A laptop isn't a machine that you buy every year (unless of course you're a tech YouTuber). They're expensive, and the incremental changes from year-to-year aren't really enough to justify buying one that often. I haven't bought a new laptop since 2012. My laptop is pretty ancient in the tech world. Since I simply cannot afford to get one right now, I'd like to go over some steps I've taken to get the most out of my purchase.
I run Linux Mint 18 on my ASUS Q500A. It has an i5 Intel processor from 2012 in it and 6GB of RAM. It originally came with Windows 8 (good ol' Metro!). I was so excited about it when I bought it. It looked so sleek, and it ran better than my previous laptop (an HP). A feature that I was really looking forward to having was the backlit keys. My previous laptop didn't have that, and I was kinda feeling the pressure from all the people that had MacBooks in college. I was really happy when I bought it. To this day I'm still pretty content with it. I just wish it were faster and had a better screen.
Depending on how you count there are 3 major Operating Systems that consumers use: Windows, MacOS, and Linux. I want to talk about why I use Linux. Linux is pretty lightweight, and I think that's definitely good for my laptop. I had Windows 10 on it for a short while, but it didn't stay. I was having a lot of drivers issues; my guess is because it's so "old." It also wasn't as fast as it is on Linux, so I eventually switched. For most of my laptop's life, it's been on some version of Linux. I've really grown to love this OS. The customizability is second to none. It's secure and speedy, it can do pretty much anything Windows and MacOS can do, and it's FREE.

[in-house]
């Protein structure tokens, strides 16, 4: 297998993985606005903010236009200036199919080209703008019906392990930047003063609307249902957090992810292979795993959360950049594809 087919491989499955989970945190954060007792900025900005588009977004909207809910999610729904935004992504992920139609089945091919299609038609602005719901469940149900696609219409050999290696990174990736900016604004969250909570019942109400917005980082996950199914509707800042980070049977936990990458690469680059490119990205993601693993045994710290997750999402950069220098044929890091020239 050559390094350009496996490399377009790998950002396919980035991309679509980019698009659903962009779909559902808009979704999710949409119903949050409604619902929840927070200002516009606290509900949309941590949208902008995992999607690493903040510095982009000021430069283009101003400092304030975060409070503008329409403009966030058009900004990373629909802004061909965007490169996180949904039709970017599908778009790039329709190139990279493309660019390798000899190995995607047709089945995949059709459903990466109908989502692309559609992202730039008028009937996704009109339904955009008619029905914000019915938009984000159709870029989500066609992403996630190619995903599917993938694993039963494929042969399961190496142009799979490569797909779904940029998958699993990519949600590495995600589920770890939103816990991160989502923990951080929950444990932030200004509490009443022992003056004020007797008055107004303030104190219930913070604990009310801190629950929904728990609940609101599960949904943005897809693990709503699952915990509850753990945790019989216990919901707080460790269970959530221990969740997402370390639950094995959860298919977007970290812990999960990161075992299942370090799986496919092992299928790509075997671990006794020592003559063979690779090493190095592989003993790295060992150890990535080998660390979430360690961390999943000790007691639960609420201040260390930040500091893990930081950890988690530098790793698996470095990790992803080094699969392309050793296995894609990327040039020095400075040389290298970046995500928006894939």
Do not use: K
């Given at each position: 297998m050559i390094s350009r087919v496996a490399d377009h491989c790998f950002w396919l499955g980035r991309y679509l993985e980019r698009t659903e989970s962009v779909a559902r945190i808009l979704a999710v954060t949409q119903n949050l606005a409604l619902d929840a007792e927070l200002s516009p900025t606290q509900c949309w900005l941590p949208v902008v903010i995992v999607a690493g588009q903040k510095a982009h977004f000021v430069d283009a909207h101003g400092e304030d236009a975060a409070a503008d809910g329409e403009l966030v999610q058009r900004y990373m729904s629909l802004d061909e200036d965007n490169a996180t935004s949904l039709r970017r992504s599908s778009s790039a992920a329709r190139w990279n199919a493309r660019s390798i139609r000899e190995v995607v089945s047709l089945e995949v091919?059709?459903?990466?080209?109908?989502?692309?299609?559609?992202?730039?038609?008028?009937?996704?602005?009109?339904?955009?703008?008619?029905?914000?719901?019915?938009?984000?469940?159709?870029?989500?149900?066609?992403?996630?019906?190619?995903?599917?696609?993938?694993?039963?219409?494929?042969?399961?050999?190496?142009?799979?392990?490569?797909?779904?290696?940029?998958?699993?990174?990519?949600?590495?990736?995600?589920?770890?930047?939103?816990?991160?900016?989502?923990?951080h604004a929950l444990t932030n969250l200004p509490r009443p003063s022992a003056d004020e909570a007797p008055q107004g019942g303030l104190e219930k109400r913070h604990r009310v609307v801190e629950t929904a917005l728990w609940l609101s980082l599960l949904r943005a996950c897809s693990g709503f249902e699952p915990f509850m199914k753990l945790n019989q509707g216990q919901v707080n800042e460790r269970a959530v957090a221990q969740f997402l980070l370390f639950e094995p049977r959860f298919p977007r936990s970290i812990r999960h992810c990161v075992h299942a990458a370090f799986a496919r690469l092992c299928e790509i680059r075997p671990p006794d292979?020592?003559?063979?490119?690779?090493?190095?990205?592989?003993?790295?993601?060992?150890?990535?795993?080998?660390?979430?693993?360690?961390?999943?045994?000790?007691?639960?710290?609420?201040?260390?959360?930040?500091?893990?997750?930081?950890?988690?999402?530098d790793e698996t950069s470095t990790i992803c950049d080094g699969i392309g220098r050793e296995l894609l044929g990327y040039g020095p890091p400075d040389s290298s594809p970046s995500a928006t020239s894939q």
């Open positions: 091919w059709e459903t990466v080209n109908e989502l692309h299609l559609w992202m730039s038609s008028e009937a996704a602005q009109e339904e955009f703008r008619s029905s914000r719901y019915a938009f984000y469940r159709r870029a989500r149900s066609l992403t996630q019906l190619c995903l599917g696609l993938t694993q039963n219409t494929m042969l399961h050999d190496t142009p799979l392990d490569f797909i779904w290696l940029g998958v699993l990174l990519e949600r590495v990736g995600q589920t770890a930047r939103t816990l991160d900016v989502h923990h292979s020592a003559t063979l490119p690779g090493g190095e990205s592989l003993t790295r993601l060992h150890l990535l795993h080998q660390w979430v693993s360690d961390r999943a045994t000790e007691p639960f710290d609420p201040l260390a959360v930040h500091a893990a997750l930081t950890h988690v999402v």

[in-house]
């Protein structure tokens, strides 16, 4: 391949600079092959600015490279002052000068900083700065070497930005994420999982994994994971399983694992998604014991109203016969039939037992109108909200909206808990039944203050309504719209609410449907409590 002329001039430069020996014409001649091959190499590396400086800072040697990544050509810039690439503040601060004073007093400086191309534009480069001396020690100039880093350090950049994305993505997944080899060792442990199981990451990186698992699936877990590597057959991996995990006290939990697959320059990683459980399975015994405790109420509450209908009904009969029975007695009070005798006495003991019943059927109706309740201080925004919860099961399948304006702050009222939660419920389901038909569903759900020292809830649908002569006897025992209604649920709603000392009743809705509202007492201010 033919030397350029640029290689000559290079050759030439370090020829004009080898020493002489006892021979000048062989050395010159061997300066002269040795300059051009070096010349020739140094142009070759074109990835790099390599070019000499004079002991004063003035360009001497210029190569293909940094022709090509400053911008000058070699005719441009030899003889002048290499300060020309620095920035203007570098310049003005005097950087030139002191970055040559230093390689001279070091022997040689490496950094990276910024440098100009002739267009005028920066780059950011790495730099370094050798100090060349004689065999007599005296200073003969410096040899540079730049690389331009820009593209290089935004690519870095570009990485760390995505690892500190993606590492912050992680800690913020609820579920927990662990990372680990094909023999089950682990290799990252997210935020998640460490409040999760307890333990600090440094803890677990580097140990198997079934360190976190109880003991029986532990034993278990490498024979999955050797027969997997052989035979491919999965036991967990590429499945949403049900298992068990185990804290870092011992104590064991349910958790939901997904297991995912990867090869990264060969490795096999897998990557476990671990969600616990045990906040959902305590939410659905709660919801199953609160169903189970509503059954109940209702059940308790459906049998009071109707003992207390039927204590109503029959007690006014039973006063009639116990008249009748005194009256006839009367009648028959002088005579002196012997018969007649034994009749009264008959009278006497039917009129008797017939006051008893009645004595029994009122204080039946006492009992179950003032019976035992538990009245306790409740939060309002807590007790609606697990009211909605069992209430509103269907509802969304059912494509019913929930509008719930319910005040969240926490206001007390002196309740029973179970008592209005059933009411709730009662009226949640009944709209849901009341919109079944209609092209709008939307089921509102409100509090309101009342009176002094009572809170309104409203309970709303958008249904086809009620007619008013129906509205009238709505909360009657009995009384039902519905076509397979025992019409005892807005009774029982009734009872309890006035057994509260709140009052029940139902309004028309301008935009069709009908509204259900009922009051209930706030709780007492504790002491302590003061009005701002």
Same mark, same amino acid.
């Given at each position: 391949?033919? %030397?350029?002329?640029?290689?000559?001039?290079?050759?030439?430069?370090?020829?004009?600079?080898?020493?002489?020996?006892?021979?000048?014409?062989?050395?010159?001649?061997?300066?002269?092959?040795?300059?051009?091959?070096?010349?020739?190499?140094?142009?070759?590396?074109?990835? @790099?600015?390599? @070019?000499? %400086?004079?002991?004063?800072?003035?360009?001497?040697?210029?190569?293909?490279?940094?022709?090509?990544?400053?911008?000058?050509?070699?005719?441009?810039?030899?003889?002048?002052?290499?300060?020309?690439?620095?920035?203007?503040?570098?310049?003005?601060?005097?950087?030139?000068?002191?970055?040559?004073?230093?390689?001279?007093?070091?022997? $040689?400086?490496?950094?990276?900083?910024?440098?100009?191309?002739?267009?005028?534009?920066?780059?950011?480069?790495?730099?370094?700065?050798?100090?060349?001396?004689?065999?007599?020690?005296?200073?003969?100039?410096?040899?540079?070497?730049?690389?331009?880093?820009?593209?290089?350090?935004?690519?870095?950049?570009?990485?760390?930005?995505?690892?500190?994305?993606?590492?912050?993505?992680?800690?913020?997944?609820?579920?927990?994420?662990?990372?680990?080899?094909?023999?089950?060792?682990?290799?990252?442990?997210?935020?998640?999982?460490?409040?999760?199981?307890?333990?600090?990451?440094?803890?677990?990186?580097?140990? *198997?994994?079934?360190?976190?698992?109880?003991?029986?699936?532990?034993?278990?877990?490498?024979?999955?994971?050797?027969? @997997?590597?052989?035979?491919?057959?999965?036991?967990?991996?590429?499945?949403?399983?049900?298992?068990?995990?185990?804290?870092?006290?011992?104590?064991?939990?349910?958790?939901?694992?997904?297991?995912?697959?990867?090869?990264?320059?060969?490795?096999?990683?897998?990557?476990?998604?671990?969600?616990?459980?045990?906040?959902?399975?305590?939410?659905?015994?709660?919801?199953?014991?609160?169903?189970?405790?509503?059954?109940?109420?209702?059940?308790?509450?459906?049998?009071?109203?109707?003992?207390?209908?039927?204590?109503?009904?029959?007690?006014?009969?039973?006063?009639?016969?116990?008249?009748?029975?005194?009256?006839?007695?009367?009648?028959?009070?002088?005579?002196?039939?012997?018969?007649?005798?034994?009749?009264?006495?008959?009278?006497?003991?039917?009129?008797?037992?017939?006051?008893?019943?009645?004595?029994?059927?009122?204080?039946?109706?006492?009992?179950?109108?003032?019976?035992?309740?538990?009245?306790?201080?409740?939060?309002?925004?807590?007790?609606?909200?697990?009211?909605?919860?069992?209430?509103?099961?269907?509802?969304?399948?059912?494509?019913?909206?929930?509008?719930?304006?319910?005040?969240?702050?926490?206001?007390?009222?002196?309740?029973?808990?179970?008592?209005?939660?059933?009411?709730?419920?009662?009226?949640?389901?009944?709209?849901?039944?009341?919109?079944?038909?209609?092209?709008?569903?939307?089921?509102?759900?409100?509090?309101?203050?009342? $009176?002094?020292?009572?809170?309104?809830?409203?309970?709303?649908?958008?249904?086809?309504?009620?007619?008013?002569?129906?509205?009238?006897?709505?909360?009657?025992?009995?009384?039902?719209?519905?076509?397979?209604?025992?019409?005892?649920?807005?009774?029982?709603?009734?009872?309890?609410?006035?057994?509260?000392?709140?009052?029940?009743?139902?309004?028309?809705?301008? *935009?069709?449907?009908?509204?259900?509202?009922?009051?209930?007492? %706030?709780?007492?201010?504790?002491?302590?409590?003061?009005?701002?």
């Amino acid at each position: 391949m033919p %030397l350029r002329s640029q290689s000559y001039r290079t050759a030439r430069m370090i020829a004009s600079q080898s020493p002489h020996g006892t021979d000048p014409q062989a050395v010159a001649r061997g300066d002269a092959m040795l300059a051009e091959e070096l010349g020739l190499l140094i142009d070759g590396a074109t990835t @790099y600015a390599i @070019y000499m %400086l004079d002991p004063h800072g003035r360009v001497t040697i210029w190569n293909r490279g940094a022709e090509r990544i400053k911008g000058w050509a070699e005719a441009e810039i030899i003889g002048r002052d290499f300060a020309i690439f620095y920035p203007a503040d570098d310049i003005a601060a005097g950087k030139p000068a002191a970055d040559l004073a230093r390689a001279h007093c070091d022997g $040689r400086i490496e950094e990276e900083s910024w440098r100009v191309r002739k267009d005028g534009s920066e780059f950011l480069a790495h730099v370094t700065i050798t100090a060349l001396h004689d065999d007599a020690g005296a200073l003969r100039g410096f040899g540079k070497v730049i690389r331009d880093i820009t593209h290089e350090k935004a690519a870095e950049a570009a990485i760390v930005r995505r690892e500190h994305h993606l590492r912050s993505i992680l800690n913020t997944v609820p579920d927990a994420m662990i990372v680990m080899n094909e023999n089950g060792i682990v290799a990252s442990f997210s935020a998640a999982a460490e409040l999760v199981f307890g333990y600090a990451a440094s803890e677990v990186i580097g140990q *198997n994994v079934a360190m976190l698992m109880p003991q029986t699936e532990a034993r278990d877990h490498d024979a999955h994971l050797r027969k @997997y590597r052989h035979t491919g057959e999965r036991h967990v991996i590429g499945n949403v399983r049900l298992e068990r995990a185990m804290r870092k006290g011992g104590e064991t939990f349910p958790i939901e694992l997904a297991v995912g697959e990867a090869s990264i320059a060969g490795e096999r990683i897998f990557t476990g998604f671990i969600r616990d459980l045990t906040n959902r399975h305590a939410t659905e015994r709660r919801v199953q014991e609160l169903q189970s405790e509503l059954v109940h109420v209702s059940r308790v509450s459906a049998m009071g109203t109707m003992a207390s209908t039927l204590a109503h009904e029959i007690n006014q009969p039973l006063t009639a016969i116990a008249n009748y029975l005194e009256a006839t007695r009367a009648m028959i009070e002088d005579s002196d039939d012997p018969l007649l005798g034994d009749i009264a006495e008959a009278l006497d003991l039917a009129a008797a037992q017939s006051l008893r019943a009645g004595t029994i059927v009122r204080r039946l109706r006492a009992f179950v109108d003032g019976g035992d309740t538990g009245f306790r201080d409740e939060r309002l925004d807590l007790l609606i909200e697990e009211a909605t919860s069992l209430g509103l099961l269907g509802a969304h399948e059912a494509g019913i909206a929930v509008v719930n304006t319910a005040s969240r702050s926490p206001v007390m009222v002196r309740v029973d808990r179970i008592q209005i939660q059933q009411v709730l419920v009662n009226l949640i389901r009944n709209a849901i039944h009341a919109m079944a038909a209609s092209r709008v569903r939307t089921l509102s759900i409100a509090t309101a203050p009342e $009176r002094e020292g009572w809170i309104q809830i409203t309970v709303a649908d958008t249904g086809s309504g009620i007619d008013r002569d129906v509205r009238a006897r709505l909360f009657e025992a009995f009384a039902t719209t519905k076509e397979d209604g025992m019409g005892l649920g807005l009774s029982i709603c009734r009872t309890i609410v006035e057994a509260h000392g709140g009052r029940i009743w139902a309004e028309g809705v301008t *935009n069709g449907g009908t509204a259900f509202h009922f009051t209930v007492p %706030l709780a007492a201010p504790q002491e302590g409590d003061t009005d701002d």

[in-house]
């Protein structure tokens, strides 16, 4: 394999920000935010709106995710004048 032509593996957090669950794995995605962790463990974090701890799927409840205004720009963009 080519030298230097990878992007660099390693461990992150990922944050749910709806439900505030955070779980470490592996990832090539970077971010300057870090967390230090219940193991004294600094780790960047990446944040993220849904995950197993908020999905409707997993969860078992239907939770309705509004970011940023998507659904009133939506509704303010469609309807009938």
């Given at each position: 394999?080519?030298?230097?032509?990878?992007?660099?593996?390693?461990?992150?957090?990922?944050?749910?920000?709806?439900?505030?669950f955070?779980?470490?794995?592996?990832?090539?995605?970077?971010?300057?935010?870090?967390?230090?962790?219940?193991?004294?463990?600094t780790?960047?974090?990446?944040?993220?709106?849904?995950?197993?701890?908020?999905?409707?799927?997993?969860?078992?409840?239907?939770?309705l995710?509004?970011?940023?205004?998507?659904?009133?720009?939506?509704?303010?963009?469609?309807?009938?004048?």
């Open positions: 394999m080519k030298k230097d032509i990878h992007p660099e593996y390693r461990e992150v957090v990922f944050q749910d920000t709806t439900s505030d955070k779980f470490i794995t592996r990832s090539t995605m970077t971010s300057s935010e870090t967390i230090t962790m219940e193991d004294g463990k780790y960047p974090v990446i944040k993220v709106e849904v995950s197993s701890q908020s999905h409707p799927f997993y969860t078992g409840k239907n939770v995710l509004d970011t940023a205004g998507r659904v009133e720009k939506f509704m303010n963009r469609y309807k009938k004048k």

I've also done some stuff to improve upon the performance besides change the OS. Here's what I did for the most part. I've linked to an article from where I got some of the steps I've taken. I lowered the "swappiness." I've linked to what swappiness is, but it's basically one of the ways a Linux kernel handles memory. The default swappiness on Linux is set to 60, but that's for systems that don't really have enough memory. I feel like my 6 GB is good enough, so I lowered my swappiness to 10. I always keep it up-to-date. I reduced the visual effects of the system, i.e., window animations and stuff like that. The GPU on my laptop wasn't the best when I got it, so doing this step has really helped a lot. I've also turned off hardware acceleration in Google Chrome because I've been experiencing some tearing issues. Turning that feature off seems to have remedied that. I've also figured out that I need to turn it off or keep it plugged in if I let it go to sleep. If it dies or sleeps and then dies, it takes FOREVER to turn back on and be functional. It's extremely slow out the gate.
These are just some steps that you too can take if your computer isn't bleeding edge. I could probaby do more, but I'm pretty comfortable with where my laptop is at right now. If you try anything on here, let me know if it works. Let me know if you run into any issues as well. I plan on using my laptop as long as I can, and I will continue to make improvements to it as long as they're available.